You’d be hard pressed to find more contrasting views of the same subject than Mennonite in a Little Black Dress by Rhoda Janzen and The Naked Anabaptist by Stuart Murray.
Both are sympathetic studies in Anabaptism; they have equally provocative titles; but they see very different things.
Their titles indicate a common starting point – Mennonites are “a peculiar people.” Those with a memory of the King James Version might recognize this as a proud epitaph of kingdom people: “a chosen generation, a royal priesthood, an holy nation, a peculiar people” (1 Peter 2:9). That’s our ideal, but it isn’t the whole story. There are times when we’re just plain puzzling.
Murray and Janzen examine that puzzle each from the perspective of his and her own journey.
On one hand, Murray writes as the ultimate outsider; he is an Englishman. The scattering of the Anabaptists over the past 500 years sent them to every corner of the globe, except the British Isles. And so it was that in the early 1990s, when a small group of Anabaptists in London began meeting, they faced a daunting challenge. There “was no straightforward introduction to Anabaptism easily accessible in Britain and Ireland,” says Murray.
It isn’t that there were no Anabaptist books in English, nor that the English of North America is too obscure for the UK reader. No, the problem is far more subtle and difficult. The standard explanations were missing the mark. So Murray tells the story as an “extended testimony written by a British Anabaptist to explain his Anabaptist convictions.”
It’s a powerful book. “Naked” gets our attention, however the nakedness Murray examines is not anatomical but philosophical and theological. What is stripped down Anabaptism? Murray lays out seven core convictions that will surprise no one familiar with Anabaptism.
What surprised me, however, was the sound of an old story told with a new voice, a voice we haven’t heard in our 500 years. It’s the voice of someone actually separating from Christendom (but not Christianity) and becoming Anabaptist. That’s radical.
We know we’re a “separated people,” but hearing the story of our separatism told from inside this journey reveals it in a way that only our earliest ancestors would have understood it. Our peculiarity has a reason.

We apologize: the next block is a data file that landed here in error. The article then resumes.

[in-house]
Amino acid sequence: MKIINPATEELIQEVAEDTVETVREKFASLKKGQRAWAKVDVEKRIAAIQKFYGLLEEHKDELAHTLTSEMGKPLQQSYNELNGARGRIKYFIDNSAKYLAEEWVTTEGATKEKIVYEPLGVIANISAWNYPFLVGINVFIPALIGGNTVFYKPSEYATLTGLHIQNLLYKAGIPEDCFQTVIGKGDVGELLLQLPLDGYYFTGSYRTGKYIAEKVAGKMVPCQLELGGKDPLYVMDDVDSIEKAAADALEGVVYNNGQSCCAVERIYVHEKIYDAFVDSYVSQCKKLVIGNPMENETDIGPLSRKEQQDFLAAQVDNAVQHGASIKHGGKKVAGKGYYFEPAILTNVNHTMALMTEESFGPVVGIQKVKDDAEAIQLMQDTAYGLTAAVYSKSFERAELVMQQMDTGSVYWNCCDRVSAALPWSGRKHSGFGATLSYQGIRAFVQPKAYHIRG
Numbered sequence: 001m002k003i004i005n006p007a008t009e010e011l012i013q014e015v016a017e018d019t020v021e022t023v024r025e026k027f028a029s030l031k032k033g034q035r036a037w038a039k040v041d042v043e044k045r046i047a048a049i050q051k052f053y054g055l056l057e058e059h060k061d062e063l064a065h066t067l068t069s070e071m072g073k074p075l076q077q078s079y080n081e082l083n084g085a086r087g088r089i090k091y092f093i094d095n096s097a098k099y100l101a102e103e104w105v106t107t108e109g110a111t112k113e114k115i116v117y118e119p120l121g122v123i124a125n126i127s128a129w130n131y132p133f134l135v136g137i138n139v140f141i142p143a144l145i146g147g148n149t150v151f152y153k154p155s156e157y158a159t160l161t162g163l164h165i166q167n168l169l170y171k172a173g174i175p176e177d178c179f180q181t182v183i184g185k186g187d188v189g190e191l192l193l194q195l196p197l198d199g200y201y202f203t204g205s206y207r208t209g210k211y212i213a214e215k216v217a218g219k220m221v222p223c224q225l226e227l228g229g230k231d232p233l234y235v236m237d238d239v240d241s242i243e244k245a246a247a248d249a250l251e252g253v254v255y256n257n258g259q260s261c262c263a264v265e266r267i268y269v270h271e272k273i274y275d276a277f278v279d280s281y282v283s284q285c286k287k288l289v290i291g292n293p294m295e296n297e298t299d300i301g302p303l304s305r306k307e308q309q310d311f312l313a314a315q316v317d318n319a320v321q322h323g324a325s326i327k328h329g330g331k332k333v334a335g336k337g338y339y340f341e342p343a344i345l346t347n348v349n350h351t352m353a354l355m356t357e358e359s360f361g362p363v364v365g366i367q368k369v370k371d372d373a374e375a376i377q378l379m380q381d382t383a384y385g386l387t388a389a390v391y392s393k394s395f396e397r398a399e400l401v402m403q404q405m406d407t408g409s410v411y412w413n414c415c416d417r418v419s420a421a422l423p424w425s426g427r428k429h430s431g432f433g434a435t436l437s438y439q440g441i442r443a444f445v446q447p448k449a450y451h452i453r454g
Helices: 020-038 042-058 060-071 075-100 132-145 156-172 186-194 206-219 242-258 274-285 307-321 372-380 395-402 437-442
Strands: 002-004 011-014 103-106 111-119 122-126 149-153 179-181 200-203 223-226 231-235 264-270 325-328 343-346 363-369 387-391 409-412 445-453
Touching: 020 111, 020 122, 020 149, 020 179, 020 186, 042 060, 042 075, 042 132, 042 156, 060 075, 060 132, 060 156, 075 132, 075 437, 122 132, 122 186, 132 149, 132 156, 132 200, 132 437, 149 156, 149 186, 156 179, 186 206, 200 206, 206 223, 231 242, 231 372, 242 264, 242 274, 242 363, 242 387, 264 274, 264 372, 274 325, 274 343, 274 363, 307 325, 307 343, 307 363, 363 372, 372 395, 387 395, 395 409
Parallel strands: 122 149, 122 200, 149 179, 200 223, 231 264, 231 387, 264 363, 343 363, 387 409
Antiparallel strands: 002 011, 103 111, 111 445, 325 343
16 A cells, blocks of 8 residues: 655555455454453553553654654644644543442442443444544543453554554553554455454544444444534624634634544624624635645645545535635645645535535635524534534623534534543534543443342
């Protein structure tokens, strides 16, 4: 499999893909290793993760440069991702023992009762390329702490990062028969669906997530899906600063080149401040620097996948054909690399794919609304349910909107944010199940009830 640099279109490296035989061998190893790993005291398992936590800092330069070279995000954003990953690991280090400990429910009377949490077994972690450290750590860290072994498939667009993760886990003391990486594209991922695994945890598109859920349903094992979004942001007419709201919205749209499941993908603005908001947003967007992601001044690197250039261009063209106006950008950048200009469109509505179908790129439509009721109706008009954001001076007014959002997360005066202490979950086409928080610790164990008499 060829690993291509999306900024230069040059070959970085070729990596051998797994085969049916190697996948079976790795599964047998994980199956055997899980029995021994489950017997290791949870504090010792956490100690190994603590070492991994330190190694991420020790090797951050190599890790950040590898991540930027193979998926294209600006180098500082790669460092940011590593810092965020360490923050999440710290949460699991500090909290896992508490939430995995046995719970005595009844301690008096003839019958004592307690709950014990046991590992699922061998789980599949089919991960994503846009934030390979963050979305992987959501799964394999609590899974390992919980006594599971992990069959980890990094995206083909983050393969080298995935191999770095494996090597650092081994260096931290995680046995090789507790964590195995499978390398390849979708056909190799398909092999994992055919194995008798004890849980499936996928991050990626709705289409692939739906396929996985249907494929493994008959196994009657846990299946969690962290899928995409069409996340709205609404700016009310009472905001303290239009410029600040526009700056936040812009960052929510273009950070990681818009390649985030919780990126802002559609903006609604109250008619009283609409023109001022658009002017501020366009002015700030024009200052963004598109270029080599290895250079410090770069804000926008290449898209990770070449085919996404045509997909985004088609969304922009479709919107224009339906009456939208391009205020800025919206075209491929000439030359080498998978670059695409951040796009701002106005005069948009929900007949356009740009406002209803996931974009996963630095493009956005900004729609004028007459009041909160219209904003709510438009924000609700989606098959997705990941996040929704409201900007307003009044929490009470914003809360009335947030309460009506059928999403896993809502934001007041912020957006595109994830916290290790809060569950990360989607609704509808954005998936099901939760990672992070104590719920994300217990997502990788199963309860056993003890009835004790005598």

Murray, the outsider moving in, is convinced that what our ancestors saw needs to be seen again. I agree. Anabaptism began as a compelling argument – an argument that attracted believers by its sheer power.
The inside story
On the other hand, Rhoda Janzen is the ultimate insider. She also writes with a voice that we don’t hear often enough. She grew up in one of the Mennonite heartlands, Fresno, California. Not only did she live deep in the Mennonite world, her father was one of the leaders of the MB conference. She lived the inside story. She grew up a fully clothed Anabaptist. But she hated being peculiar.
She left that world and did so in grand fashion: she went to the city, married an atheist, became an academic, and moved as far from her roots as any Mennonite can. The little black dress is the exact antithesis of the Anabaptism she grew up with.
Her chosen world crashed down around her in equally grand fashion. At 43, she had a hysterectomy, her husband left her for another man, and she was debilitated in a car crash. Incapacitated in virtually every way, she followed the ancient journey of the prodigal and moved back home into the house of her mother and father.
Once she’s home again, Janzen searches for her identity. This is not a theological journey. Unlike The Naked Anabaptist, the Mennonite in a Little Black Dress is the journey into the visceral meaning of community. But it’s also a quest for essence.
If being Mennonite is not about the cultural trappings that have been draped over it for hundreds of years, what does it look like when a whole new set of cultural baggage is added? What is an Anabaptist in a little black dress? Is there even such a creature?
Janzen thinks there is. She moved home with her little black dress and all its accoutrements – fully expecting to be rejected – but to her surprise, she wasn’t and she intends to stay.
Janzen’s story is more dissonant than Murray’s. After all, “little black dress” people set off all kinds of Anabaptist alarm bells. You’ll probably hear some if you read her memoir.
If the peculiarity of Anabaptism troubles you, read both these books. They need each other.